Zechariah, in writing to Judah, was calling out the remnant of people and the priests for fasting and mourning but being less than sincere about it.  God askes the rhetorical question, “was it for me that you fasted?” with the obvious answer being, no!  The time period of this fast may have been on the Day of Atonement, which was a commanded fast for the entire nation and this fast may have come near the end of their seventy years in captivity but apparently, after they were returned to the land, their fasts really meant nothing because God saw no change of heart in them.

Nehemiah 1:4 “As soon as I heard these words I sat down and wept and mourned for days, and I continued fasting and praying before the God of heaven.”

Nehemiah was very troubled by the news that the walls of Jerusalem were broken down and so his natural reaction to this grievous news was to weep and fast and mourn for days.  Apparently Nehemiah fasted for several days at the report about Jerusalem.  He knew that this is the city where God had placed His name and it caused him to fall on his face and fast, mourn, weep, and pray to God. So fasting sometimes is done by those who are going through a very difficult time like we see King David fast during the illness of his child (2 Sam 12:15-17).

Psalm 35:13-14 “But I, when they were sick—I wore sackcloth; I afflicted myself with fasting; I prayed with head bowed on my chest. I went about as though I grieved for my friend or my brother; as one who laments his mother, I bowed down in mourning.”

If you have been through a great trial in your life or you know of someone else who has, they often lose their appetite because their grief has been so great that they don’t even think about food.  Here we see David afflicting himself with fasting and bowing himself down to God as if he was grieving for a brother or mother so fasting sometimes is automatic for someone who is going through a great loss in their life.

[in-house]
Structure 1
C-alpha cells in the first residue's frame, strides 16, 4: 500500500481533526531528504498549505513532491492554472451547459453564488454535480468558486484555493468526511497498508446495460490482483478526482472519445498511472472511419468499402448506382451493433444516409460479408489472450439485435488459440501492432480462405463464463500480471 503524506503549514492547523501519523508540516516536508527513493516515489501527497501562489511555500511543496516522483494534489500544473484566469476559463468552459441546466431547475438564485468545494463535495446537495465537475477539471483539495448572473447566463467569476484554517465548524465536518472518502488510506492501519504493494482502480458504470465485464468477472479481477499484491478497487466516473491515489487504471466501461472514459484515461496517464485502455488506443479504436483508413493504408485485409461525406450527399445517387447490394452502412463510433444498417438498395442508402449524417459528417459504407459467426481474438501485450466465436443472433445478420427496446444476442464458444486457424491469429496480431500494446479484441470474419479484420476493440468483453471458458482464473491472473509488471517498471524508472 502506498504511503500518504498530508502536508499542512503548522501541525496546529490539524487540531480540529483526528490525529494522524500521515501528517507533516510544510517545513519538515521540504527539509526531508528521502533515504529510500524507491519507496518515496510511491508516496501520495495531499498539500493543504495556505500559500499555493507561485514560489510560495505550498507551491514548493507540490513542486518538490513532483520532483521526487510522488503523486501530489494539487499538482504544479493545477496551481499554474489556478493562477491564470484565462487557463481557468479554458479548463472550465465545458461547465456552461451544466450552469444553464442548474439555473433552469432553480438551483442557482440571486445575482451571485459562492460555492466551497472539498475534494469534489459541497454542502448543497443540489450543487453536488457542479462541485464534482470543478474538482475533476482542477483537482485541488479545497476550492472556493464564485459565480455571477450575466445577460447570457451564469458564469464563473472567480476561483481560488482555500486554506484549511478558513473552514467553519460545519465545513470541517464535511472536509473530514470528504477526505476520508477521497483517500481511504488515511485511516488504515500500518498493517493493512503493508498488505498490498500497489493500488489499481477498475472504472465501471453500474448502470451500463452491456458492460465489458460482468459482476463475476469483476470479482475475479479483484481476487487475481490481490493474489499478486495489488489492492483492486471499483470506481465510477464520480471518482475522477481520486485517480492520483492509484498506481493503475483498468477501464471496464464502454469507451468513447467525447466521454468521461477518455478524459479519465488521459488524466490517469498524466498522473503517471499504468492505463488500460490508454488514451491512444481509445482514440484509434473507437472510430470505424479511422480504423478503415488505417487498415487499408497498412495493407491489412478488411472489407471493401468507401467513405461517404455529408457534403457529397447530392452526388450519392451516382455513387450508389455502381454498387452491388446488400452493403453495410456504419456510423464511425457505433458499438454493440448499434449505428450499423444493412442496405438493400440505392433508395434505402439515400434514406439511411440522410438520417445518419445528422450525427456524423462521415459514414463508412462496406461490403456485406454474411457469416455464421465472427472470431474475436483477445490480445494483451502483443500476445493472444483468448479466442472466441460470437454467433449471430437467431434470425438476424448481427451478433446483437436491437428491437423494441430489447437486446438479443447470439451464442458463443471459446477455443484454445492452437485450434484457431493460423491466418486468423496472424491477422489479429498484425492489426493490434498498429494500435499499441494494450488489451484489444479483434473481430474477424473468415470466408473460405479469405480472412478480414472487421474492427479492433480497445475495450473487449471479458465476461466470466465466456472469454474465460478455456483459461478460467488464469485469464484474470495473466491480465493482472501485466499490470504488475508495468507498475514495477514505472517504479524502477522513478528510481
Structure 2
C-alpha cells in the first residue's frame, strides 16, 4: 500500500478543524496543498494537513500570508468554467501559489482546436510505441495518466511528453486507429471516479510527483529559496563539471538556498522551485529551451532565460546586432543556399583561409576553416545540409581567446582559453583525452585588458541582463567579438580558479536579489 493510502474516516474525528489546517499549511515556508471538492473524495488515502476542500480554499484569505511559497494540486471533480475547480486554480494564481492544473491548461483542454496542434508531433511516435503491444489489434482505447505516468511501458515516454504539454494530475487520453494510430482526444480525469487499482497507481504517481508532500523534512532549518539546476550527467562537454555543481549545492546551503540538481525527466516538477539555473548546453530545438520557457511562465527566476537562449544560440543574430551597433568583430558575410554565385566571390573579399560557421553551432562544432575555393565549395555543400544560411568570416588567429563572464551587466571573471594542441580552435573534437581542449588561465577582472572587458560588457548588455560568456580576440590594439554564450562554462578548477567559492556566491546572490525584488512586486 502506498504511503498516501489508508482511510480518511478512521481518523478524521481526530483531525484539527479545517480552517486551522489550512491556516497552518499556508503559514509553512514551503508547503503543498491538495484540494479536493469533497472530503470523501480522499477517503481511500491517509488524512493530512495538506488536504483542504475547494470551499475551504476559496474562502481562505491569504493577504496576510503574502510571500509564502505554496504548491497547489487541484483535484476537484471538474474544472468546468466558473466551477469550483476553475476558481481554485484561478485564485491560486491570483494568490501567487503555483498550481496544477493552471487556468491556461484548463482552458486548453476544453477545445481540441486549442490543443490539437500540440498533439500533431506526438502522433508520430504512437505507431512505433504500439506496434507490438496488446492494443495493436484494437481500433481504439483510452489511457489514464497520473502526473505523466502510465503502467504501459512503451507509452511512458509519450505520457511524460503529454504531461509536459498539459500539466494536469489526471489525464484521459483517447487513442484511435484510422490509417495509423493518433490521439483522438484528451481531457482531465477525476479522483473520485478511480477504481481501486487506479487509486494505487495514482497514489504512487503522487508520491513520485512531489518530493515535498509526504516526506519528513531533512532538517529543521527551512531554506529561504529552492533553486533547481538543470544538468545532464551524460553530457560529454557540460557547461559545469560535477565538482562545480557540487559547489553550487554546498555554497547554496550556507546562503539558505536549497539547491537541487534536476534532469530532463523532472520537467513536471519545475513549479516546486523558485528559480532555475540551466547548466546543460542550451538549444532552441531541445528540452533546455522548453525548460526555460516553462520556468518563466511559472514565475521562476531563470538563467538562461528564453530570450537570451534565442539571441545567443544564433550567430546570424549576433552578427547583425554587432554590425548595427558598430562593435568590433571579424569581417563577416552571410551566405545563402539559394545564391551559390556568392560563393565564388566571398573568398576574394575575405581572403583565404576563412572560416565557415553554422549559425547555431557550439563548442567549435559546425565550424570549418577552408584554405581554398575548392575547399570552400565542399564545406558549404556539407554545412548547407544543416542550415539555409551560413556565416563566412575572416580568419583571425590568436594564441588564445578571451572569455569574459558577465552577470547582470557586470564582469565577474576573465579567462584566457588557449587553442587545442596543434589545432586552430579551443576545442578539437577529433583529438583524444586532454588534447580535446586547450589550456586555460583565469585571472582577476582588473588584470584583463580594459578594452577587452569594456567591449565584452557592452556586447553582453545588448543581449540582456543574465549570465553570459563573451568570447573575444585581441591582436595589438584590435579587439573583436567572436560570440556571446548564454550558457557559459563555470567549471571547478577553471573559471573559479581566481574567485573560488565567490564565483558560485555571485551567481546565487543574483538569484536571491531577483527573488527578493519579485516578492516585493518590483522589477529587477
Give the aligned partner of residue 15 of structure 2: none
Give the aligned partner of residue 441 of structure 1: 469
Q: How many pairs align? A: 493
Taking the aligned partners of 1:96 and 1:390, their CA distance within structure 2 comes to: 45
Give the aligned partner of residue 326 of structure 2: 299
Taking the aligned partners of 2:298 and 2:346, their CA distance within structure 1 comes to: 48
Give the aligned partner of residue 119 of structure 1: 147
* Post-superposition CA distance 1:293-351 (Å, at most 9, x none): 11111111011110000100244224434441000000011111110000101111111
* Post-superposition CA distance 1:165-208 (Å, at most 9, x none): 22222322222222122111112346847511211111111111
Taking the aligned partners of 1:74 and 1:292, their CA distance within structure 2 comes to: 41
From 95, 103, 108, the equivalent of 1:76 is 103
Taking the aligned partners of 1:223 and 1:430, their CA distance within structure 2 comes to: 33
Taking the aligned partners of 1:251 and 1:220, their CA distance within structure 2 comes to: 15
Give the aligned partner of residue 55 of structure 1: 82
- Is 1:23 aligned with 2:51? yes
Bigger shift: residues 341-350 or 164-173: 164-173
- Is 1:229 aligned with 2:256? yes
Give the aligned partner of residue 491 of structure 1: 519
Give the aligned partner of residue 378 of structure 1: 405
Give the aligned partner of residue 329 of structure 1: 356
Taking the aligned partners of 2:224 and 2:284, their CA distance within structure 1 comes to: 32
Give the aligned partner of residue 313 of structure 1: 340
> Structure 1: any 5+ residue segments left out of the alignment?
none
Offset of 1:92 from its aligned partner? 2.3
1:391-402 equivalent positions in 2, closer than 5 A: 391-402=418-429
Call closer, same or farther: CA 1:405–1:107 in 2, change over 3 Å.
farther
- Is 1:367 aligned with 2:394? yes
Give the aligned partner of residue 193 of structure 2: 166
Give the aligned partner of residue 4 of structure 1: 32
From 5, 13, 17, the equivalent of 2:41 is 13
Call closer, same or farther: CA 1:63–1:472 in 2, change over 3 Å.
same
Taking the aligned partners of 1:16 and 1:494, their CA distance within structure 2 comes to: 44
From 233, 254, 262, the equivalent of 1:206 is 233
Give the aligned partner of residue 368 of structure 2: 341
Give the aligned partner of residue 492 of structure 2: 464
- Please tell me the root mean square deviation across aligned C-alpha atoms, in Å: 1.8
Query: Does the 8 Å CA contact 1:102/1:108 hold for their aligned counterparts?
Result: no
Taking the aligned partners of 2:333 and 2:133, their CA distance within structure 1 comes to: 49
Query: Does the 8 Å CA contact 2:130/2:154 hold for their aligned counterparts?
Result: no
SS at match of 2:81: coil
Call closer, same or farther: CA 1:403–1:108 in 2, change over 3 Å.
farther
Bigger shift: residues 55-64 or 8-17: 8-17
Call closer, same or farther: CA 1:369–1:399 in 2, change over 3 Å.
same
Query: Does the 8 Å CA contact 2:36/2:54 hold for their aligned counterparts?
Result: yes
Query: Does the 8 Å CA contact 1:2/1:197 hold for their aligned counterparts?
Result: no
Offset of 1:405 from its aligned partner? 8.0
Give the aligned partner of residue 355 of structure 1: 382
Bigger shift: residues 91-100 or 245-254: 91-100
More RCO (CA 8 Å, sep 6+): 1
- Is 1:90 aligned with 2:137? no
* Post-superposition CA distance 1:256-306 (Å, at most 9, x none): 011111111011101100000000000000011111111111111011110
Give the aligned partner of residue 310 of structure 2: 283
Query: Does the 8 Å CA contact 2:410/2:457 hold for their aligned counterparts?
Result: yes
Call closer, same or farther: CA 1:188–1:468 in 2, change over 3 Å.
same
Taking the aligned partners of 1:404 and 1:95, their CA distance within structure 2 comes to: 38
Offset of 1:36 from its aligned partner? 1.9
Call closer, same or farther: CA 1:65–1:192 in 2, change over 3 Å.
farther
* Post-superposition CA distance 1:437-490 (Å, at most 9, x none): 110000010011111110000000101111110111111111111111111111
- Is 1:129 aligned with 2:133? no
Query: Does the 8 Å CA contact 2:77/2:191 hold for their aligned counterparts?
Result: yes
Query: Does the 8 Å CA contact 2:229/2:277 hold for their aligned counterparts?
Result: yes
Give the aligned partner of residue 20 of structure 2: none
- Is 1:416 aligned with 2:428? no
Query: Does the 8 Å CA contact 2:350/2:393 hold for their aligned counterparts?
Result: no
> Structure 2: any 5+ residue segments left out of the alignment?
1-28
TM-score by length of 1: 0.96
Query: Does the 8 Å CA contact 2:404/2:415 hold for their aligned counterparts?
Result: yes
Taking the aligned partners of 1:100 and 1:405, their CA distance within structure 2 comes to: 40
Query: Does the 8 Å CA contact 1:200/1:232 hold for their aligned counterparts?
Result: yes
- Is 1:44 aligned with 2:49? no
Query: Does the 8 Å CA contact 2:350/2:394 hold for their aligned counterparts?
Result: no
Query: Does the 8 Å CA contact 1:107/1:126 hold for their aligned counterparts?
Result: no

Acts 13:2-3 “While they were worshiping the Lord and fasting, the Holy Spirit said, “Set apart for me Barnabas and Saul for the work to which I have called them.”  Then after fasting and praying they laid their hands on them and sent them off.”

In this last passage about fasting, the church was apparently fasting and worshiping God but not because of mourning or grieving.  The church must have had regular times of fasting, prayer, and worship and they were apparently so close to God in this mindset that the Spirit of God was actually communicating with them (Acts 13:4) and telling Barnabas and Saul (later, changed to Paul) the way that they should go.


If you choose to fast, you should talk to your doctor first because it could cause serious health issues and it could put you and even your life at risk.  Not everyone can fast; some can fast only one or two meals and that’s okay because the greatest fast I could ever recommend is that “You shall serve him and hold fast to him, and by his name you shall swear” (Deut 10:20) so that is Who we need to cling to.   Fasting can be a useful way to draw closer to God and to show God that you are serious about your prayer requests but it should be done in secret and be between you and God alone.  Never undervalue a fast before the Lord because fasting can also show us our total dependence upon God for everything, including our very lives.

Read more about fasting: 10 Fasting Tips

Resource – Scripture quotations are from The Holy Bible, English Standard Version® (ESV®), copyright © 2001 by Crossway, a publishing ministry of Good News Publishers. Used by permission. All rights reserved.